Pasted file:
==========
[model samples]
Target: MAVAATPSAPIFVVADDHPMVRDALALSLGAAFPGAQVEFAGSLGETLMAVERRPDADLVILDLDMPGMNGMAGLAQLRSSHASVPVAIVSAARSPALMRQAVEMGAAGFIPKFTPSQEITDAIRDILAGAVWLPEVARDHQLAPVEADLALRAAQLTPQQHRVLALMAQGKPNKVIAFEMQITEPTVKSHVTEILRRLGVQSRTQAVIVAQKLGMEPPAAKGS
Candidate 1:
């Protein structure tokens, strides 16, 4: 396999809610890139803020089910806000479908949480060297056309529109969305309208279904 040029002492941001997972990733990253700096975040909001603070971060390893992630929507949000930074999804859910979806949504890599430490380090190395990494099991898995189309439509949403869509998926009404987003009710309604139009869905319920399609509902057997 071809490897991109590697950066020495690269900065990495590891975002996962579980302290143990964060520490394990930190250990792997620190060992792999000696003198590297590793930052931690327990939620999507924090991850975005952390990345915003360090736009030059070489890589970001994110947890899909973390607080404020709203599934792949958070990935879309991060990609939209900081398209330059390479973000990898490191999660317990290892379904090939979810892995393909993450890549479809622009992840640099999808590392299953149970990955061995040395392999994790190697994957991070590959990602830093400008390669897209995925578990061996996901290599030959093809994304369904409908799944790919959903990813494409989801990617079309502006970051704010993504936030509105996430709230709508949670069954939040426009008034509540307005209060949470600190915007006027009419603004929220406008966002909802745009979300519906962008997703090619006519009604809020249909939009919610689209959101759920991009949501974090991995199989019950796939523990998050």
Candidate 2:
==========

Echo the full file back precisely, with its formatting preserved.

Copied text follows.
[model samples]
Target: MAVAATPSAPIFVVADDHPMVRDALALSLGAAFPGAQVEFAGSLGETLMAVERRPDADLVILDLDMPGMNGMAGLAQLRSSHASVPVAIVSAARSPALMRQAVEMGAAGFIPKFTPSQEITDAIRDILAGAVWLPEVARDHQLAPVEADLALRAAQLTPQQHRVLALMAQGKPNKVIAFEMQITEPTVKSHVTEILRRLGVQSRTQAVIVAQKLGMEPPAAKGS
Candidate 1:
């Protein structure tokens, strides 16, 4: 396999809610890139803020089910806000479908949480060297056309529109969305309208279904 040029002492941001997972990733990253700096975040909001603070971060390893992630929507949000930074999804859910979806949504890599430490380090190395990494099991898995189309439509949403869509998926009404987003009710309604139009869905319920399609509902057997 071809490897991109590697950066020495690269900065990495590891975002996962579980302290143990964060520490394990930190250990792997620190060992792999000696003198590297590793930052931690327990939620999507924090991850975005952390990345915003360090736009030059070489890589970001994110947890899909973390607080404020709203599934792949958070990935879309991060990609939209900081398209330059390479973000990898490191999660317990290892379904090939979810892995393909993450890549479809622009992840640099999808590392299953149970990955061995040395392999994790190697994957991070590959990602830093400008390669897209995925578990061996996901290599030959093809994304369904409908799944790919959903990813494409989801990617079309502006970051704010993504936030509105996430709230709508949670069954939040426009008034509540307005209060949470600190915007006027009419603004929220406008966002909802745009979300519906962008997703090619006519009604809020249909939009919610689209959101759920991009949501974090991995199989019950796939523990998050």
Candidate 2: